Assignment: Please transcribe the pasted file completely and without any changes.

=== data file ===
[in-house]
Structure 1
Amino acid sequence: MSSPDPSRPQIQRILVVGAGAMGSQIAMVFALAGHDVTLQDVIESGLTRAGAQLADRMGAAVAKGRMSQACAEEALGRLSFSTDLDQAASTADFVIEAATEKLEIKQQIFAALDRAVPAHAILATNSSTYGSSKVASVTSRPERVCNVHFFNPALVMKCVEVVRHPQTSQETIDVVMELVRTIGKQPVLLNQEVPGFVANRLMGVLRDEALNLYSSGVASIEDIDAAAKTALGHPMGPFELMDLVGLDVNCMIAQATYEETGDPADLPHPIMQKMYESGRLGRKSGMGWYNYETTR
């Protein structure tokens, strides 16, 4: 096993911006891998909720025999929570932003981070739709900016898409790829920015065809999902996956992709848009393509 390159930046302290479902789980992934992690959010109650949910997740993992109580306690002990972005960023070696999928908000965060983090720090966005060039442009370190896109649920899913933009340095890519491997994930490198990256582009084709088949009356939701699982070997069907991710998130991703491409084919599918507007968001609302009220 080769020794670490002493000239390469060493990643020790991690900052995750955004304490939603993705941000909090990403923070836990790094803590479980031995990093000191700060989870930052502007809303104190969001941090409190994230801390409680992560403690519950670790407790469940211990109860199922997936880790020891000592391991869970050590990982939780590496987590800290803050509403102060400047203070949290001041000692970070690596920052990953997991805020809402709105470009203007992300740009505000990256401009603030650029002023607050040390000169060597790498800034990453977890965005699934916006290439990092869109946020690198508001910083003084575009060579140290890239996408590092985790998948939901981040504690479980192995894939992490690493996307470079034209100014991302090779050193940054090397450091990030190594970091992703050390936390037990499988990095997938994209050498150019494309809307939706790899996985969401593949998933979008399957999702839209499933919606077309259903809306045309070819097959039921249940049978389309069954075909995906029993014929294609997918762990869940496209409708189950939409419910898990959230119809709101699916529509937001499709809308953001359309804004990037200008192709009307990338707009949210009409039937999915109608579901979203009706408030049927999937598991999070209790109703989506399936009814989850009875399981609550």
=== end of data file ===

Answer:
[in-house]
Structure 1
Amino acid sequence: MSSPDPSRPQIQRILVVGAGAMGSQIAMVFALAGHDVTLQDVIESGLTRAGAQLADRMGAAVAKGRMSQACAEEALGRLSFSTDLDQAASTADFVIEAATEKLEIKQQIFAALDRAVPAHAILATNSSTYGSSKVASVTSRPERVCNVHFFNPALVMKCVEVVRHPQTSQETIDVVMELVRTIGKQPVLLNQEVPGFVANRLMGVLRDEALNLYSSGVASIEDIDAAAKTALGHPMGPFELMDLVGLDVNCMIAQATYEETGDPADLPHPIMQKMYESGRLGRKSGMGWYNYETTR
């Protein structure tokens, strides 16, 4: 096993911006891998909720025999929570932003981070739709900016898409790829920015065809999902996956992709848009393509 390159930046302290479902789980992934992690959010109650949910997740993992109580306690002990972005960023070696999928908000965060983090720090966005060039442009370190896109649920899913933009340095890519491997994930490198990256582009084709088949009356939701699982070997069907991710998130991703491409084919599918507007968001609302009220 080769020794670490002493000239390469060493990643020790991690900052995750955004304490939603993705941000909090990403923070836990790094803590479980031995990093000191700060989870930052502007809303104190969001941090409190994230801390409680992560403690519950670790407790469940211990109860199922997936880790020891000592391991869970050590990982939780590496987590800290803050509403102060400047203070949290001041000692970070690596920052990953997991805020809402709105470009203007992300740009505000990256401009603030650029002023607050040390000169060597790498800034990453977890965005699934916006290439990092869109946020690198508001910083003084575009060579140290890239996408590092985790998948939901981040504690479980192995894939992490690493996307470079034209100014991302090779050193940054090397450091990030190594970091992703050390936390037990499988990095997938994209050498150019494309809307939706790899996985969401593949998933979008399957999702839209499933919606077309259903809306045309070819097959039921249940049978389309069954075909995906029993014929294609997918762990869940496209409708189950939409419910898990959230119809709101699916529509937001499709809308953001359309804004990037200008192709009307990338707009949210009409039937999915109608579901979203009706408030049927999937598991999070209790109703989506399936009814989850009875399981609550």